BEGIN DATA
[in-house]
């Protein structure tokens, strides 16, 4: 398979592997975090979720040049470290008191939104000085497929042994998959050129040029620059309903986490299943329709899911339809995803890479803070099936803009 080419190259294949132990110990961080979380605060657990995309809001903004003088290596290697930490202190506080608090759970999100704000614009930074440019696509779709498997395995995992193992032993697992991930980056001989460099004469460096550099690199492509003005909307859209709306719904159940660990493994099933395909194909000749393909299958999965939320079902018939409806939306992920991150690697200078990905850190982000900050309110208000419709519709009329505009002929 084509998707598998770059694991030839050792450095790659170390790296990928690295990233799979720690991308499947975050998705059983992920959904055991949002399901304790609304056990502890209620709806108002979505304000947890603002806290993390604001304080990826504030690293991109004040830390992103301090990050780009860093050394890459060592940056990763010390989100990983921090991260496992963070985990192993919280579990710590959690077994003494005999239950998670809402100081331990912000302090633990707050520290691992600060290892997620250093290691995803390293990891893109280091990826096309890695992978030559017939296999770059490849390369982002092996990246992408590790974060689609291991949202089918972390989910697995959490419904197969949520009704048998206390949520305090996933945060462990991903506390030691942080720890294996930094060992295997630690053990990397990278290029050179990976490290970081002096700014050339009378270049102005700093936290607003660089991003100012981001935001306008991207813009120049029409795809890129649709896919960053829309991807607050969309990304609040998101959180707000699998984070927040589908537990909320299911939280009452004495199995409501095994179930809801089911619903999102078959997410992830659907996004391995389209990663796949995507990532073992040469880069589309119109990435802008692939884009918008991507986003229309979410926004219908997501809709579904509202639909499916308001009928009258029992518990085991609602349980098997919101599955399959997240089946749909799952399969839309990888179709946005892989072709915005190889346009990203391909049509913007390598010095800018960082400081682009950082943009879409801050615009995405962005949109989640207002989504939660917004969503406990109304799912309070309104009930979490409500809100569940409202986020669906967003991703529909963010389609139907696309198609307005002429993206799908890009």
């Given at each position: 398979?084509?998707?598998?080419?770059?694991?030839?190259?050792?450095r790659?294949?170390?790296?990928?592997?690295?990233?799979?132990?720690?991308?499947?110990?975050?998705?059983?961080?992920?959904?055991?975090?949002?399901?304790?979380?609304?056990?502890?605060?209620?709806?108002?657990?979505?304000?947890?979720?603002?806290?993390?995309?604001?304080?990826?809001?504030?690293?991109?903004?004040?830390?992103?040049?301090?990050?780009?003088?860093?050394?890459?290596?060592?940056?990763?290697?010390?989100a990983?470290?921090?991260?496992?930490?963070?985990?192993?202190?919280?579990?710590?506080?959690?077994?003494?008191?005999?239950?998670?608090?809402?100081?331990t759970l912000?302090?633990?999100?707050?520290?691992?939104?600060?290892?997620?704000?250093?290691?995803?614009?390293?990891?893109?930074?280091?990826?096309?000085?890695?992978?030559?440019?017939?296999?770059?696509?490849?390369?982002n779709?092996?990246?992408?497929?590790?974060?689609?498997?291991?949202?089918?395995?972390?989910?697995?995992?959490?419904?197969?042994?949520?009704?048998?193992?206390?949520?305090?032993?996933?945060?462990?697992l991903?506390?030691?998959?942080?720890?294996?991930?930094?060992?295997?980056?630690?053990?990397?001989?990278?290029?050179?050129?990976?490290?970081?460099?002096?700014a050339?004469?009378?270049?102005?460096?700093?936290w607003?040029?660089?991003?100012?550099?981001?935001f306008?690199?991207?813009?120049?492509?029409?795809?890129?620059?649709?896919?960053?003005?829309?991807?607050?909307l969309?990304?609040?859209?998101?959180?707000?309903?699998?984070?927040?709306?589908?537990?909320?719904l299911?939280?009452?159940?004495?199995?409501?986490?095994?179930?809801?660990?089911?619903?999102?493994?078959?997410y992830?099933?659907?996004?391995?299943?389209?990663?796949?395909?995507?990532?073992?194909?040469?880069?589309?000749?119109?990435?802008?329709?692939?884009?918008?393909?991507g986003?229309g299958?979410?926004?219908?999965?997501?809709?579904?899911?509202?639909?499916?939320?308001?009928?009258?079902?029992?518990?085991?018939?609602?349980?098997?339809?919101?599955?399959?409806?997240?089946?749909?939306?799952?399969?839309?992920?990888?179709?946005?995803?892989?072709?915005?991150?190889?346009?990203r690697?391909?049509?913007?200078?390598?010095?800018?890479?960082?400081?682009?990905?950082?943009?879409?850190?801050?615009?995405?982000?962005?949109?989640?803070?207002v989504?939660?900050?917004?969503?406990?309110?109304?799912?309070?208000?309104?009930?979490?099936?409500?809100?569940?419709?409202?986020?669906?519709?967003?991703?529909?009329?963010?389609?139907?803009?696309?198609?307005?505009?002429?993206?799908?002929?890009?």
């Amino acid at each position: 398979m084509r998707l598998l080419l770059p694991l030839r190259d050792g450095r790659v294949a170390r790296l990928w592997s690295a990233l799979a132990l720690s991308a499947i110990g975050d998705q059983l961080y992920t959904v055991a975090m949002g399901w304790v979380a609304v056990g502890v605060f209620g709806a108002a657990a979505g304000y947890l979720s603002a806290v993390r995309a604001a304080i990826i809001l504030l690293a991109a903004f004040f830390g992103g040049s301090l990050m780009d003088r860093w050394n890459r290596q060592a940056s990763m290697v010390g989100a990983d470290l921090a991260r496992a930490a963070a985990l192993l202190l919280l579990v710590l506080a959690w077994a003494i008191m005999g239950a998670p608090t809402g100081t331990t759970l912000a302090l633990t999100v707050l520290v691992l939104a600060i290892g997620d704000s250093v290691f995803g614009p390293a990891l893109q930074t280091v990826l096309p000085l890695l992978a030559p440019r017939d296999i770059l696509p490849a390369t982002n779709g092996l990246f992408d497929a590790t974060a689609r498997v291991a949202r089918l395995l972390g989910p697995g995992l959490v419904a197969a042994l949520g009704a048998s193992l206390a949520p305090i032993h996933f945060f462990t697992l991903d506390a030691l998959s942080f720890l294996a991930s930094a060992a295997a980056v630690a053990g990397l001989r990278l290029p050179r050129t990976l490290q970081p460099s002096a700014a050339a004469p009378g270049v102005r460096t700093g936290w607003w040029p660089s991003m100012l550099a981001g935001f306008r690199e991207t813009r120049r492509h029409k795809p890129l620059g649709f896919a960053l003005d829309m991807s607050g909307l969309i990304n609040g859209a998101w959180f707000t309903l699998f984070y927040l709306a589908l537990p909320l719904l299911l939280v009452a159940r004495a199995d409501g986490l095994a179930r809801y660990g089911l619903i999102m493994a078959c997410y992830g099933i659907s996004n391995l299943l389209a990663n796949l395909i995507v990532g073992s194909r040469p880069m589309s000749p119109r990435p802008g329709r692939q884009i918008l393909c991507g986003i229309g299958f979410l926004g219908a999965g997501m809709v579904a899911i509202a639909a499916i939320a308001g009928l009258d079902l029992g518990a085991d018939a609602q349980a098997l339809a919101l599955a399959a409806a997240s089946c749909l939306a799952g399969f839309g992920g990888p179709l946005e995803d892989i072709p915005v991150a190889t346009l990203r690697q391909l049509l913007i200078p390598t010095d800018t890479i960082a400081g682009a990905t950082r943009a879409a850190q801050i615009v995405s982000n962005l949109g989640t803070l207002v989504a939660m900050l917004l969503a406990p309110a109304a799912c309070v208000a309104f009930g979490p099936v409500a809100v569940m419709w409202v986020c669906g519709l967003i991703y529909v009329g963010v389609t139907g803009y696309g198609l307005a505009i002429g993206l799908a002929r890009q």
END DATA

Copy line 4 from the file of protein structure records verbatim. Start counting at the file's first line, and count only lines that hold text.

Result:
């Amino acid at each position: 398979m084509r998707l598998l080419l770059p694991l030839r190259d050792g450095r790659v294949a170390r790296l990928w592997s690295a990233l799979a132990l720690s991308a499947i110990g975050d998705q059983l961080y992920t959904v055991a975090m949002g399901w304790v979380a609304v056990g502890v605060f209620g709806a108002a657990a979505g304000y947890l979720s603002a806290v993390r995309a604001a304080i990826i809001l504030l690293a991109a903004f004040f830390g992103g040049s301090l990050m780009d003088r860093w050394n890459r290596q060592a940056s990763m290697v010390g989100a990983d470290l921090a991260r496992a930490a963070a985990l192993l202190l919280l579990v710590l506080a959690w077994a003494i008191m005999g239950a998670p608090t809402g100081t331990t759970l912000a302090l633990t999100v707050l520290v691992l939104a600060i290892g997620d704000s250093v290691f995803g614009p390293a990891l893109q930074t280091v990826l096309p000085l890695l992978a030559p440019r017939d296999i770059l696509p490849a390369t982002n779709g092996l990246f992408d497929a590790t974060a689609r498997v291991a949202r089918l395995l972390g989910p697995g995992l959490v419904a197969a042994l949520g009704a048998s193992l206390a949520p305090i032993h996933f945060f462990t697992l991903d506390a030691l998959s942080f720890l294996a991930s930094a060992a295997a980056v630690a053990g990397l001989r990278l290029p050179r050129t990976l490290q970081p460099s002096a700014a050339a004469p009378g270049v102005r460096t700093g936290w607003w040029p660089s991003m100012l550099a981001g935001f306008r690199e991207t813009r120049r492509h029409k795809p890129l620059g649709f896919a960053l003005d829309m991807s607050g909307l969309i990304n609040g859209a998101w959180f707000t309903l699998f984070y927040l709306a589908l537990p909320l719904l299911l939280v009452a159940r004495a199995d409501g986490l095994a179930r809801y660990g089911l619903i999102m493994a078959c997410y992830g099933i659907s996004n391995l299943l389209a990663n796949l395909i995507v990532g073992s194909r040469p880069m589309s000749p119109r990435p802008g329709r692939q884009i918008l393909c991507g986003i229309g299958f979410l926004g219908a999965g997501m809709v579904a899911i509202a639909a499916i939320a308001g009928l009258d079902l029992g518990a085991d018939a609602q349980a098997l339809a919101l599955a399959a409806a997240s089946c749909l939306a799952g399969f839309g992920g990888p179709l946005e995803d892989i072709p915005v991150a190889t346009l990203r690697q391909l049509l913007i200078p390598t010095d800018t890479i960082a400081g682009a990905t950082r943009a879409a850190q801050i615009v995405s982000n962005l949109g989640t803070l207002v989504a939660m900050l917004l969503a406990p309110a109304a799912c309070v208000a309104f009930g979490p099936v409500a809100v569940m419709w409202v986020c669906g519709l967003i991703y529909v009329g963010v389609t139907g803009y696309g198609l307005a505009i002429g993206l799908a002929r890009q």